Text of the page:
Let’s agree to disagree

By Susan Hartley

February 26, 2014

To the Editor:

I read the paper early every day and take the time to browse news stories on-line in between making Facebook posts in the evening and I’ve come to a simple conclusion — we need to agree to disagree. A recent rebuttal I read in the Piqua Daily Call was clearly a biased opinion that, in my opinion, lost all credibility because of the obvious bias that it was dripping with.

I have learned that I am not going to agree with everyone. My husband and I clash on things all of time. It’s like an epic version of Battle of the Sexes in my household sometimes. I even disagree with my teenage son, but who doesn’t? We employ one simple tactic to make everything work though. We just agree to disagree and stop wasting time on who is right or wrong and move on to the real problem and that is the resolution.

In the rebuttal I referenced, I was arbitrarily placed into a category of being an ignorant female who doesn’t understand how my own body works. I truly hope this is not what Democrats think of me since I am a Republican woman. That rebuttal goes deeper than that though. The author assumes that just because I am a Republican I want to discourage minority voters. Don’t forget, the 19th Amendment gave me—a minority group—the right to vote in 1920. I surely don’t want to remove that right from any American. That is what makes our country free and allows me to write this.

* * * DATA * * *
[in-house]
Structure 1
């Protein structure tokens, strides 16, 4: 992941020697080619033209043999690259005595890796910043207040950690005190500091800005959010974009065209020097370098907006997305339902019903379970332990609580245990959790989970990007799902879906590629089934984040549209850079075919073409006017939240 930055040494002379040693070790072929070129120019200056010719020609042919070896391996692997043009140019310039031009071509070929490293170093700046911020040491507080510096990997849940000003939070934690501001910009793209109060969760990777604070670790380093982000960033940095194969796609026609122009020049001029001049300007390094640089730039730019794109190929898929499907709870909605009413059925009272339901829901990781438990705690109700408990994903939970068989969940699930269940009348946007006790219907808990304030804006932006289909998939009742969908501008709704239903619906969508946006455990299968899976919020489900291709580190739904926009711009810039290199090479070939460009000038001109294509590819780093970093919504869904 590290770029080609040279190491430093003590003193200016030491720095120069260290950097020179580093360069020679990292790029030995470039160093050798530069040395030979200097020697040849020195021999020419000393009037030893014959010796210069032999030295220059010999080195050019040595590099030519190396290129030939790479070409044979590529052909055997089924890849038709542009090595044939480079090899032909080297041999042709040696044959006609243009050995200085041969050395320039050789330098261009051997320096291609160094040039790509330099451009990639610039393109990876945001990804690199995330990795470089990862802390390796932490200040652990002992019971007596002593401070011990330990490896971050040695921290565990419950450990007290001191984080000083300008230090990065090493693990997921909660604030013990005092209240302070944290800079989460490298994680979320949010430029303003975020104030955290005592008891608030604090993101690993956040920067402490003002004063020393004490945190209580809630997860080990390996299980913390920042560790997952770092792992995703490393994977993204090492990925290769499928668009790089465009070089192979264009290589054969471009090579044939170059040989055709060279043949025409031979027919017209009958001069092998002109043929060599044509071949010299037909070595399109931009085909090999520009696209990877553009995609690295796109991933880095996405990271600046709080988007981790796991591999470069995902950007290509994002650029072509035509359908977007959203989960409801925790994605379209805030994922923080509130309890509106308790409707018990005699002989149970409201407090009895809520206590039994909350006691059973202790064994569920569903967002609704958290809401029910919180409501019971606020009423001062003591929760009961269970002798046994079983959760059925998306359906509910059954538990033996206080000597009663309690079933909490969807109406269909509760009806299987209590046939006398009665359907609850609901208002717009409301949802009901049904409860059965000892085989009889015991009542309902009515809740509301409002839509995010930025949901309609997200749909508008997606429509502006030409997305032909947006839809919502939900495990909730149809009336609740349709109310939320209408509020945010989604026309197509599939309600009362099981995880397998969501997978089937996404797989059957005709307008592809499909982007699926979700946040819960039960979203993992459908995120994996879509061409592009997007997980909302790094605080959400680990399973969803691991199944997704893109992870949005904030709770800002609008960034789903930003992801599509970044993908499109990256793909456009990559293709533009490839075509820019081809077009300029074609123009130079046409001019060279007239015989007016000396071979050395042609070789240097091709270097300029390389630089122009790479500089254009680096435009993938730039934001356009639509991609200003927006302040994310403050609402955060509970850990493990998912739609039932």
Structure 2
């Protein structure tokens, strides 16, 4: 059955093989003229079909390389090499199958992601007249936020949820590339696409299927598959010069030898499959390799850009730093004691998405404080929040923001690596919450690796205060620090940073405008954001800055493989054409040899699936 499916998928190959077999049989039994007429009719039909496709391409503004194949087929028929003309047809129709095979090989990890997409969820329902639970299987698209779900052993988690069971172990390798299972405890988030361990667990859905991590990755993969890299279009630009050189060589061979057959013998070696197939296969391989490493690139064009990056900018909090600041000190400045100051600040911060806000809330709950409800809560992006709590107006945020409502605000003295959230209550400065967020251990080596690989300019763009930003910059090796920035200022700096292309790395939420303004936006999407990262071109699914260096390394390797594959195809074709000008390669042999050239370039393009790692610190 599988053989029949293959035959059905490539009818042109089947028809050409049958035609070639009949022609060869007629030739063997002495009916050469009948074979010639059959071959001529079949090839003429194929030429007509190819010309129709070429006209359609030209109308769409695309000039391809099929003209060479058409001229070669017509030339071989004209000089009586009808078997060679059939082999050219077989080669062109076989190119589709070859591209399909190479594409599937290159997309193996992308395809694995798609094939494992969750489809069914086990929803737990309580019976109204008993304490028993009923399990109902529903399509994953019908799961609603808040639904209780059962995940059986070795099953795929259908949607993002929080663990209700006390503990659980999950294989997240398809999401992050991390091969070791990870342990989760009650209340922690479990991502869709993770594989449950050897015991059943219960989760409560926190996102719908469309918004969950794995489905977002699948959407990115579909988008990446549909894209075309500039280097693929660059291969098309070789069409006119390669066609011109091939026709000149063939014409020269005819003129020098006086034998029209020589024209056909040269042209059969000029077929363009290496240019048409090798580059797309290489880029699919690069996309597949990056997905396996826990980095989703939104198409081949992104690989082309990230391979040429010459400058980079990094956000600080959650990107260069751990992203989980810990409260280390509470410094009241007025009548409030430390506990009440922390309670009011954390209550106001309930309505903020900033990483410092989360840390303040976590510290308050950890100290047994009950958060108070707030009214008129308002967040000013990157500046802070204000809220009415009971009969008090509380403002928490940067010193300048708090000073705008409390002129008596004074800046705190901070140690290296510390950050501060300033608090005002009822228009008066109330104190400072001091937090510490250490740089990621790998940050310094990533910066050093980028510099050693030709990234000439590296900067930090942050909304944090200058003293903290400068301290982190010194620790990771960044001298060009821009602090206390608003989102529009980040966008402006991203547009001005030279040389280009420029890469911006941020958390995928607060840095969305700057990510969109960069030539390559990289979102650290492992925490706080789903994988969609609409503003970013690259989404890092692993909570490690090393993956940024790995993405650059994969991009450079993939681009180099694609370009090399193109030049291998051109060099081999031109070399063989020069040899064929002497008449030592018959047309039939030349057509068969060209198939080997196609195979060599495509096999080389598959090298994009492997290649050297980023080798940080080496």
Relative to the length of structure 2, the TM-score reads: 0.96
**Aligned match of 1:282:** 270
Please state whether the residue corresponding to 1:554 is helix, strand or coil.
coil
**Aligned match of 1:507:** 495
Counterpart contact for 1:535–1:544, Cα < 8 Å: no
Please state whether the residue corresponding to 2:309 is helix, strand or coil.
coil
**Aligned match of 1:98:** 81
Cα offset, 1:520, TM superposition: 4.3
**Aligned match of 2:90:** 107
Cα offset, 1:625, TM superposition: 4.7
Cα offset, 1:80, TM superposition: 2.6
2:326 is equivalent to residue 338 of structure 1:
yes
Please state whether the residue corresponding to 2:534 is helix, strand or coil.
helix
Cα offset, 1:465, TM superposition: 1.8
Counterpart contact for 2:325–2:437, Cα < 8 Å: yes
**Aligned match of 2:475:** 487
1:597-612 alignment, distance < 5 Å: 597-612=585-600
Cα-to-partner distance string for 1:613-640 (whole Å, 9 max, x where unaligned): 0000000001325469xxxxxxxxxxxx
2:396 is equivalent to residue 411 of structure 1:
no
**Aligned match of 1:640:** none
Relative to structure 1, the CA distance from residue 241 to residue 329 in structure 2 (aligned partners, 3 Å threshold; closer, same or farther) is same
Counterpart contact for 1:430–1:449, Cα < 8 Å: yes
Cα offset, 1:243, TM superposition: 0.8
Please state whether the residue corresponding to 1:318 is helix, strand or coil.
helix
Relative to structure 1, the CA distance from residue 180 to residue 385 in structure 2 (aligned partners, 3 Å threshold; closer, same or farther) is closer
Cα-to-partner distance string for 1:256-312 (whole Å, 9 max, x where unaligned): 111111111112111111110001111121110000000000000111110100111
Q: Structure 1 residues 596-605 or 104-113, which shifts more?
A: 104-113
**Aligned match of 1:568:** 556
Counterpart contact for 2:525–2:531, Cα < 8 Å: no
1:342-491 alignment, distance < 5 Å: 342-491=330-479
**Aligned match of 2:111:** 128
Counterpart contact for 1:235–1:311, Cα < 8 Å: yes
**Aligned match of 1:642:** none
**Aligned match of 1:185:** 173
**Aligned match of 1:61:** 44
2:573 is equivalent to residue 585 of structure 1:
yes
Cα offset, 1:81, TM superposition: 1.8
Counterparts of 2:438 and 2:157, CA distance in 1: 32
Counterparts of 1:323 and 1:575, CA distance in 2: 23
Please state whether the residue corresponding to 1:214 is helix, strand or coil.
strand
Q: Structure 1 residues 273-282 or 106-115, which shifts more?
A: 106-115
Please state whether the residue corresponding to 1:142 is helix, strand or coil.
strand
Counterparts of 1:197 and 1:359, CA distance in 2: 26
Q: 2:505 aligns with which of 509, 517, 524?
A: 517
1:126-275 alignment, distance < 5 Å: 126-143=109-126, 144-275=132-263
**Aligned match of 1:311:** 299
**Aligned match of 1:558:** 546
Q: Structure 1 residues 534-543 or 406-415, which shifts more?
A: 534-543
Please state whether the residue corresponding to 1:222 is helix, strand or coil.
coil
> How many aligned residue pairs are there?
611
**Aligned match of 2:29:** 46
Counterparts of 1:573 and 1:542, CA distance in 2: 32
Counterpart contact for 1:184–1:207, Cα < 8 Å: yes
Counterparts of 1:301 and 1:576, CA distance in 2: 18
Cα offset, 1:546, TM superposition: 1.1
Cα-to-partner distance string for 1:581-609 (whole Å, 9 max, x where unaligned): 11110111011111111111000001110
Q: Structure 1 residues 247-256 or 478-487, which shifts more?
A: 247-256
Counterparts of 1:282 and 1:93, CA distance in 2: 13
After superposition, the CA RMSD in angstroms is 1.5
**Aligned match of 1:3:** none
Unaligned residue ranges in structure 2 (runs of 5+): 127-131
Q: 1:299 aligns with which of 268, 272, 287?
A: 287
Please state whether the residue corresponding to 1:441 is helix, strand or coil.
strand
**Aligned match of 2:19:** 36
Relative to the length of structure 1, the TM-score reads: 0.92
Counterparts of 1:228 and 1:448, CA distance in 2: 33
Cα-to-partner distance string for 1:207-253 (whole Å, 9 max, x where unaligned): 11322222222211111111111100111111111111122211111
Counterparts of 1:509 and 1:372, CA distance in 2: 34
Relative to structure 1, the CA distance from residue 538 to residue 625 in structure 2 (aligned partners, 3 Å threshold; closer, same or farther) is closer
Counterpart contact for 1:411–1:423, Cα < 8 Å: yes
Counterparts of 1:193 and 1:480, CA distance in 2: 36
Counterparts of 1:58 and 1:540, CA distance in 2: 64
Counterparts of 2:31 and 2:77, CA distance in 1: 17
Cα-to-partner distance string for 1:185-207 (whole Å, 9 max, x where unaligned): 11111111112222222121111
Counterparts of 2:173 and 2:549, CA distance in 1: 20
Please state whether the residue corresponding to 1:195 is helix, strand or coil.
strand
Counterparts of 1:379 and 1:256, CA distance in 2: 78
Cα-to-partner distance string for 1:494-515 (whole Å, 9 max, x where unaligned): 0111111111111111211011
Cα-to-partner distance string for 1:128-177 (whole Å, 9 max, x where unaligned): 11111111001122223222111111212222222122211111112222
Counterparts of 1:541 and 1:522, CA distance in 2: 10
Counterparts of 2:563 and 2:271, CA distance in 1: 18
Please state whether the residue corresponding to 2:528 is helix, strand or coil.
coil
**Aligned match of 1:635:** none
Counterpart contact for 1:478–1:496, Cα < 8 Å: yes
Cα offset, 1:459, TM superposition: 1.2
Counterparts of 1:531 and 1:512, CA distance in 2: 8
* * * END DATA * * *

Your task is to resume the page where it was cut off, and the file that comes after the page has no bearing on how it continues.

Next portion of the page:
We send our elected representatives to Washington to work for and represent us. I think my Representative is standing up for my beliefs and doing it in a bipartisan and honorable manner. He allows the other side to offer amendments to legislation and gives even the minority party a voice. The Congressional Record reflects it. Look if you care to. You may be intrigued.

We know we don’t agree on some of the large issues like immigration, taxes and energy, but we all can agree that passing pro-growth, job-creating legislation, which the House has done over 120 times recently, is a good starting point. Let’s focus on real solutions to help American families rather than argue what one another believes in and indirectly call each other names. Let’s move forward and work on the resolutions together.

Elizabeth Weis